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5 Cape Point sites to see on foot

5 Cape Point sites to see on foot

Cape Point has some of the most beautiful scenery in the world. And while most visitors only make the beeline to the point and lighthouse, they remain oblivious to the many other attractions the park has to offer. There are a number of walks for eager ramblers. Here are 5 Cape Point sites you simply have to see.

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The following essentials will ensure an enjoyable outing:

  • A hat – it’s rather windy out there
  • A good pair of boots to support your ankles
  • A good supply of water
  • Warm or waterproof clothing
  • A map
  • Sunblock
  • A small first-aid kit

1. Kanonkop, Lime Kiln

With a bit of a historic feel, this 6,5 kilometre route will take you about four hours to complete. There are variations to the route so you can opt to do specific stretches. The route starts at Buffelsfontein Visitor’s Centre and first takes you to the restored lime kiln, which dates back to about 1890.

The route is aptly named Kanonkop and you will find and old signalling cannon which dates back to the days of the Dutch East India Company to report ship arrivals in False Bay.

2. Smitswinkel Viewpoint and Buffelsfontein Vistor’s Centre

The main attractions on this 5 kilometre walk are the spectacular vistas, fynbos, animals and birds. The approximately three hour walk is considered mildly strenuous, and starts at the Smitswinkel parking area.

The path winds south, which later ascends to go around the lower reaches of Judas Peak. Some mild scrambling up the route will take you to Die Boer. The views are magnificent, especially the unspoilt panorama of Bordjiesrif and majestic Paulsberg, home of the black eagles.

The route then follows a contour around Paulsberg, past many interesting rock formations, including the Troll’s Ballroom, a rock shelter about 200 metres long before you reach the signal cannon at Kanonkop.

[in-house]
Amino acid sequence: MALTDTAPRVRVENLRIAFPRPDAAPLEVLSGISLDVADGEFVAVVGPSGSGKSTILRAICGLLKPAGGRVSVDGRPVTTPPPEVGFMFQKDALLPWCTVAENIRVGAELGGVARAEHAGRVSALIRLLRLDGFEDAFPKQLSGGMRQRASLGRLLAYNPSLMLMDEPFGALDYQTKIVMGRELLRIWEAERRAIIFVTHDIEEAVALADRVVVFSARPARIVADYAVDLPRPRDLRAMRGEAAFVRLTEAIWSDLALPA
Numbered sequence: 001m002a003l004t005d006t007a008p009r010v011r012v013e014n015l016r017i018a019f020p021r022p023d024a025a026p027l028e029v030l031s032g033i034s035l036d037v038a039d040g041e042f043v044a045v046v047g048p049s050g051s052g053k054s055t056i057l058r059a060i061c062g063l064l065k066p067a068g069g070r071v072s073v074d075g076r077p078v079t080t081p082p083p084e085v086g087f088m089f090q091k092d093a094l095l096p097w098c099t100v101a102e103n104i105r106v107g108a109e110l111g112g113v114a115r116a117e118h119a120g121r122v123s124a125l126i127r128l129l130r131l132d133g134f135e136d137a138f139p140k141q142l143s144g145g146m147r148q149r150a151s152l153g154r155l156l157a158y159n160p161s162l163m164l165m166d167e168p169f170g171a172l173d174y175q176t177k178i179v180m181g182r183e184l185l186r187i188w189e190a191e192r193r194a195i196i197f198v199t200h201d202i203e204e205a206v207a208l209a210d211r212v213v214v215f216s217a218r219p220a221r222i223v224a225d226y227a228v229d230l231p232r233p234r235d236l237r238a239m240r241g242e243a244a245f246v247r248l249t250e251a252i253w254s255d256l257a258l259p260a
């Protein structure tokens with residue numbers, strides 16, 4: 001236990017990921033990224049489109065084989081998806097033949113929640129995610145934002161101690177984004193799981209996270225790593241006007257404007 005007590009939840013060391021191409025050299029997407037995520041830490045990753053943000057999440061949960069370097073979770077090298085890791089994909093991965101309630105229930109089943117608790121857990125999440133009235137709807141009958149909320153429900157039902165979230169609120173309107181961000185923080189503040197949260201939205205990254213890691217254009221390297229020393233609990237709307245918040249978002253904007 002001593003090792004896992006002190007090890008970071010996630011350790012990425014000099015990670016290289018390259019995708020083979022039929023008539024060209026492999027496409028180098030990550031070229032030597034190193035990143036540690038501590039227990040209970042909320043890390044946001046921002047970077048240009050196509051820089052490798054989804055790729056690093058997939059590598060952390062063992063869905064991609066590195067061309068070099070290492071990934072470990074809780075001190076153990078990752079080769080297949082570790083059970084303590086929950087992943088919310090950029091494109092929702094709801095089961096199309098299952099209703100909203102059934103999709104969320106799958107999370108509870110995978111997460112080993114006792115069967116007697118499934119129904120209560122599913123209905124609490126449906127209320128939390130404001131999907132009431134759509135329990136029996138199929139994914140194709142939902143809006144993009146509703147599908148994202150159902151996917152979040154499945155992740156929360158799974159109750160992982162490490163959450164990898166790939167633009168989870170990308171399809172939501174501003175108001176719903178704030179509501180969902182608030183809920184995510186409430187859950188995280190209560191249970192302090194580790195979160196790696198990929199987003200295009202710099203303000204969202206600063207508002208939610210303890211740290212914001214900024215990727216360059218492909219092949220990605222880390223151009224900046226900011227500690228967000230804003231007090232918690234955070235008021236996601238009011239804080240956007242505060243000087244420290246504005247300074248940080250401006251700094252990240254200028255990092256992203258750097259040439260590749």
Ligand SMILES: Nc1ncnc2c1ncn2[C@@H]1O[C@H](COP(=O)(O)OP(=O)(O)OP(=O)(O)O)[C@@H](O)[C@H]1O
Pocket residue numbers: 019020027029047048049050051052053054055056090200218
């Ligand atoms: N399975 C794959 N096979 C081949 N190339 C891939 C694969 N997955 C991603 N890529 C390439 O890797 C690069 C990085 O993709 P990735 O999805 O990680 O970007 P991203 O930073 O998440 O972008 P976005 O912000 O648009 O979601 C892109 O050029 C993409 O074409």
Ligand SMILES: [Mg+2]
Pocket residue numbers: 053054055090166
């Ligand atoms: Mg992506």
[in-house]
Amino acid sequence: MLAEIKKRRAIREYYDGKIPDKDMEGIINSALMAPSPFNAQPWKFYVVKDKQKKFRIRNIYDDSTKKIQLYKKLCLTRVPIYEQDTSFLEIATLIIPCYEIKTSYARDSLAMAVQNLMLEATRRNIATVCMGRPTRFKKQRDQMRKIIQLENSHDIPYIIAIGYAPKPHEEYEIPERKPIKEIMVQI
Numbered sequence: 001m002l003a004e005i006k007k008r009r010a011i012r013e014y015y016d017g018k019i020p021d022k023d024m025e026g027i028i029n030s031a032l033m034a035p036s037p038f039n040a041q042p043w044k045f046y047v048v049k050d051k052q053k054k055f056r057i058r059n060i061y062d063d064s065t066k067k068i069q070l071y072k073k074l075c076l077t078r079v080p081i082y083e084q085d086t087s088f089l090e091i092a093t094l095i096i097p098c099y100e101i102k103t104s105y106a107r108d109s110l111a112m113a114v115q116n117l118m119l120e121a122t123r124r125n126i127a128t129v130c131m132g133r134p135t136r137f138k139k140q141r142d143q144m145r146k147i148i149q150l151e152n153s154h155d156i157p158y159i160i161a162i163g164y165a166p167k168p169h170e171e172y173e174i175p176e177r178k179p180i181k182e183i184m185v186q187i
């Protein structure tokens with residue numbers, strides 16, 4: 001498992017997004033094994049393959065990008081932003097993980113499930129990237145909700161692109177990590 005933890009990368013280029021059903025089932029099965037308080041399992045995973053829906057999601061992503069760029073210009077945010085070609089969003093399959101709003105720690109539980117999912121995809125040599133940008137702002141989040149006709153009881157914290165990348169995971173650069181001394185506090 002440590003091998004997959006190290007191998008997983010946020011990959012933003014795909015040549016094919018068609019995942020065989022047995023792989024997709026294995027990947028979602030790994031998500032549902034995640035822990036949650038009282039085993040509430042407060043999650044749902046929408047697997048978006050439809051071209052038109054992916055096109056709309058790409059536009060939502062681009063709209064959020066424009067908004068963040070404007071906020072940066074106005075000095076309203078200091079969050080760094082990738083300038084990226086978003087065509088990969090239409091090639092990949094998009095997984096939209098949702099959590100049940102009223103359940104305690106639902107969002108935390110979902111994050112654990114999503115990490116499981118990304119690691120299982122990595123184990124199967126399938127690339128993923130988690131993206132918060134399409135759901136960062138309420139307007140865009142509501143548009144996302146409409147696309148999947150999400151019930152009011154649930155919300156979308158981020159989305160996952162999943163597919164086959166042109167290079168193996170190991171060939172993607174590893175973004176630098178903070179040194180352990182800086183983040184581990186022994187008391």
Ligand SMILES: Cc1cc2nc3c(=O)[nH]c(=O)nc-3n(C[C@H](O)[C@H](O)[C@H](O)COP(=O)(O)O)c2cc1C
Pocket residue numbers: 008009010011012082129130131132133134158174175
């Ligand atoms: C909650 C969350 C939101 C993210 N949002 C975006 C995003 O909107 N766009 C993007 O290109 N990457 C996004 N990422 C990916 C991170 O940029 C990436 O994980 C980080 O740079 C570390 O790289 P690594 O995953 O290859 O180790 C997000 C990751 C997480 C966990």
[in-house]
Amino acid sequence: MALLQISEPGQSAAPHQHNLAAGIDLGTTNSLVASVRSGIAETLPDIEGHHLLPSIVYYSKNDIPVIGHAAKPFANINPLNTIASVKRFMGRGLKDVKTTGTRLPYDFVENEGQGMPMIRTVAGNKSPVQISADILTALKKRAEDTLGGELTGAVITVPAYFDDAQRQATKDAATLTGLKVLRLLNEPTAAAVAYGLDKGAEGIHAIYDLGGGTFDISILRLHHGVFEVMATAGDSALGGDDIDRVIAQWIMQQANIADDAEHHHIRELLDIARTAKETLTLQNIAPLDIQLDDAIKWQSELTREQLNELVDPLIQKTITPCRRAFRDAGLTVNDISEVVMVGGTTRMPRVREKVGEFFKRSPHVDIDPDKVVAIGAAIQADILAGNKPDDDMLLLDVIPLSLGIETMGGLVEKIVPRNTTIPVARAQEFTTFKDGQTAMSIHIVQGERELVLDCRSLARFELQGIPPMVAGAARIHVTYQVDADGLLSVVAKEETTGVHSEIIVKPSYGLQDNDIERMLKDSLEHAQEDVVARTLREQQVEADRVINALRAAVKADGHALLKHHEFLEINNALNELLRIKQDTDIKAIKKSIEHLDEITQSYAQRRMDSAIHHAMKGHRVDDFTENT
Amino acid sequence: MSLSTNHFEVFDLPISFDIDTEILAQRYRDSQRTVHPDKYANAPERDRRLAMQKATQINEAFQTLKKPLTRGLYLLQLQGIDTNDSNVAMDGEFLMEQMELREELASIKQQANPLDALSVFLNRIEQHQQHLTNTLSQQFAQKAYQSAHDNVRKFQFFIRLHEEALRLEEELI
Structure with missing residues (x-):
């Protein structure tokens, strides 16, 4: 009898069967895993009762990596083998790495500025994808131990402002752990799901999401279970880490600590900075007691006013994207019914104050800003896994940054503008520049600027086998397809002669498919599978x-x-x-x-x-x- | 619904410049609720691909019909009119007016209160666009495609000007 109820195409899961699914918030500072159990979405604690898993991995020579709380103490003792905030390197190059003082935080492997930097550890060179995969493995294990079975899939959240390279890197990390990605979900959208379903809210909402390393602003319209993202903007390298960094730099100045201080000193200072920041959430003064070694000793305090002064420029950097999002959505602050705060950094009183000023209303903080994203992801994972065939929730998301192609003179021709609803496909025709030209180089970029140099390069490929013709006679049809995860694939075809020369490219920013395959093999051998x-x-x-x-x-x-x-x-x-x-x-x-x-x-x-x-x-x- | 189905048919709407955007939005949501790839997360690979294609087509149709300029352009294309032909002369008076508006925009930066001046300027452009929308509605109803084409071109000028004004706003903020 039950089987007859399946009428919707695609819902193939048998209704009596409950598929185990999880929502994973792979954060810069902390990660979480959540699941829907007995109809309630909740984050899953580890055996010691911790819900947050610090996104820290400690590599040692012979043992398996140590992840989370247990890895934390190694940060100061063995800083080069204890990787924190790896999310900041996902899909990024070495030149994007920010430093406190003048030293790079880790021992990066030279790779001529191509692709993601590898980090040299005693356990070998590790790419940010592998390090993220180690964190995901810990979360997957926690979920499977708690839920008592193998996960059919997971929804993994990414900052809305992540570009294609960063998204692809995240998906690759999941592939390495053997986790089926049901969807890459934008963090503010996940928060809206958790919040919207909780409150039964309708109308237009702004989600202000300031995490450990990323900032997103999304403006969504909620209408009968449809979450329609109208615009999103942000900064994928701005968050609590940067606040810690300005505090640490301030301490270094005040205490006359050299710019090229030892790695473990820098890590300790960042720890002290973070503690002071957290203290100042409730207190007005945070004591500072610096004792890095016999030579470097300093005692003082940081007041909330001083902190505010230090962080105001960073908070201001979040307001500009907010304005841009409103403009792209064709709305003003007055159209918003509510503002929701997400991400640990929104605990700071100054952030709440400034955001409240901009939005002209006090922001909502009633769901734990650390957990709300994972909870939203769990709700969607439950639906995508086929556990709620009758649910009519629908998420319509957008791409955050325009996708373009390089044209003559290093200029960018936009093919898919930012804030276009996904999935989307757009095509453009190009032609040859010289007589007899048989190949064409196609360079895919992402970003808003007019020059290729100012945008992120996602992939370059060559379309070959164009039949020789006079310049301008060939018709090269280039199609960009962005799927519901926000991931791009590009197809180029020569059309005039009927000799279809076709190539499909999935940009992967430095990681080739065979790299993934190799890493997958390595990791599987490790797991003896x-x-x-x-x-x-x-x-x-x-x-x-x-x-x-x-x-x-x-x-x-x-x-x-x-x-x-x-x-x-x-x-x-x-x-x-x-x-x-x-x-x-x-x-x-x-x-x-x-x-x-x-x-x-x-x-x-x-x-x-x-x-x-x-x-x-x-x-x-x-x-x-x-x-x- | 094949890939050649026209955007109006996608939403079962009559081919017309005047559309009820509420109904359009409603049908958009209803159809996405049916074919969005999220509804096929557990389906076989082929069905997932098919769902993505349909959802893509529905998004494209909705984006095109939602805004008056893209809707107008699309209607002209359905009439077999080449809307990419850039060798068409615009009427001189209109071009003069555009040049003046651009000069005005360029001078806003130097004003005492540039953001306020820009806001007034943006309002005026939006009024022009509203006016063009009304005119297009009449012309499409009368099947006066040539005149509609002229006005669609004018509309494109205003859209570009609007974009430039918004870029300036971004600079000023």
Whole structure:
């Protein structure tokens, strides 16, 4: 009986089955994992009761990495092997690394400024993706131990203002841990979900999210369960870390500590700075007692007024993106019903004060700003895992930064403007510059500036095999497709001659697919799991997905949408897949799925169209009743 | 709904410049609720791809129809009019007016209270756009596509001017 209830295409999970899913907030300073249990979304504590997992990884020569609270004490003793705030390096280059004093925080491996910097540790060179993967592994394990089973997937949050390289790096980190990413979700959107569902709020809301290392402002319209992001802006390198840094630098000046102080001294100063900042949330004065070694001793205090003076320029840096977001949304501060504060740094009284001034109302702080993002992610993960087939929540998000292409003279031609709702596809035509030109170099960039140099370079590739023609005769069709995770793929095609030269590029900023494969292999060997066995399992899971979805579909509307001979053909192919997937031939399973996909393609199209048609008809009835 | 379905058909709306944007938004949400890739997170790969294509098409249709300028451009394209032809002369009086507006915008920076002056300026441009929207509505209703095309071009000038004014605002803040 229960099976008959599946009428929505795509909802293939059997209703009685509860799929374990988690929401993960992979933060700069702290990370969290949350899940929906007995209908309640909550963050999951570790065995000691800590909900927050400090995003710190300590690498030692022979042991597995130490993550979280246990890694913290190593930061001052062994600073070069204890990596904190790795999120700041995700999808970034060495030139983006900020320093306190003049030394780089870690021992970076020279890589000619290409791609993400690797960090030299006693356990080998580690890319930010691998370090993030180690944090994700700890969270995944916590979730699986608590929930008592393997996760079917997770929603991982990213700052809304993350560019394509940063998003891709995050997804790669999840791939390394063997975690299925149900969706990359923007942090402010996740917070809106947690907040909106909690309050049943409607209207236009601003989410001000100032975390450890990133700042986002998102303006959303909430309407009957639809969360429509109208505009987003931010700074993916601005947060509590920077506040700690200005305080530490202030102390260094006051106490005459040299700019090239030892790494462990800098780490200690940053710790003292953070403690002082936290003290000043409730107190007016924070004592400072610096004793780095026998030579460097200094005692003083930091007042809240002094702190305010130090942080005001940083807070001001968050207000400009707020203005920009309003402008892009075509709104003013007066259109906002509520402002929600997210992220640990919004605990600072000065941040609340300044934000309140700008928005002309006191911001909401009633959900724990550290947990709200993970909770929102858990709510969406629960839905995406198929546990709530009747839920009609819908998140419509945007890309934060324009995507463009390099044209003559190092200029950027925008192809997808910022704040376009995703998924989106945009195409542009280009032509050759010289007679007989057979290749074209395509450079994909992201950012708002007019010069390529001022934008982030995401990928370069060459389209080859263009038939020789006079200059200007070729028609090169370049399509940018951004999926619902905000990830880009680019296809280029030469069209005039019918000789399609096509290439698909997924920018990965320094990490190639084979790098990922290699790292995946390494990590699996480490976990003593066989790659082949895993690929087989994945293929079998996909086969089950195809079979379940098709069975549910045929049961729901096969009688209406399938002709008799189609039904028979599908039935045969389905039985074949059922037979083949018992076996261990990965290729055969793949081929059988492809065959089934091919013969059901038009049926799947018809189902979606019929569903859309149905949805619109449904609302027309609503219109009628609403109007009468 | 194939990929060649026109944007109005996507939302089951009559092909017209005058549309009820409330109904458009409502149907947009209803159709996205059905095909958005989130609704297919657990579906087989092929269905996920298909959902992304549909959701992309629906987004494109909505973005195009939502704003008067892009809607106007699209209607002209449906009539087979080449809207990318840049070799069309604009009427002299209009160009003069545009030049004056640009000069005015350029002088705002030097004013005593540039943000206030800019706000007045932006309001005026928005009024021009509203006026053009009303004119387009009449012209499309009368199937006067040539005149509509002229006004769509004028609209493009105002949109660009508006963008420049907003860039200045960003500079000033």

3. Gifkometjie, Phyllicia

Shipwrecks, old milkwood stands, an abundance of birdlife, animals and majestic views are what really await you on this route. There are a number of fisherman’s paths and game trails along the coastal leg that can be confusing, but the hiking trail is the most heavily trodden.

You will go through stands of old established milkwood trees, including what is called the Milkwood Tunnel. There are a number of shipwrecks on the coastal stretch and you will get to the Phyllicia, which was a steam trawler wrecked in 1968. The 5,5 kilometre route will take you three and a half hours to complete.

Cape Point (4)4. Platboom, Gifkommetjie

This is a pleasant, two-hour coastal walk which will take you through areas of fynbos, coastal flora, marsh, beach and dunes. The maritime debris washed up on the coast illustrates the “downside” of being near a busy sea lane. Ramblers will also see large kelp beds – the type from which medicines and chemicals can be extracted.

The only mildly strenuous part of the 4 kilometre route is the Gifkommetjie steps. The walk doesn’t loop so it is better to organise transport at the end.

5. Shipwrecks and Sirkelsvlei

Here you can opt to do the whole route of 6,5 kilometres or do shorter loops like the Thomas Tucker return of 3 kilometres or the Shipwreck circuit of 5 kilometres. It is one of the most fascinating routes in the park and you can look forward to seeing rare plants, interesting rocks, historical ruins, rusting wrecks and unbelievable views.

On the ridge of Olifantsbos you can visit the ruins of the Fortress Observation Post, built in 1941 for coastal protection.

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Written by Irma Green (SANParks Times: www.sanparkstimes.co.za)

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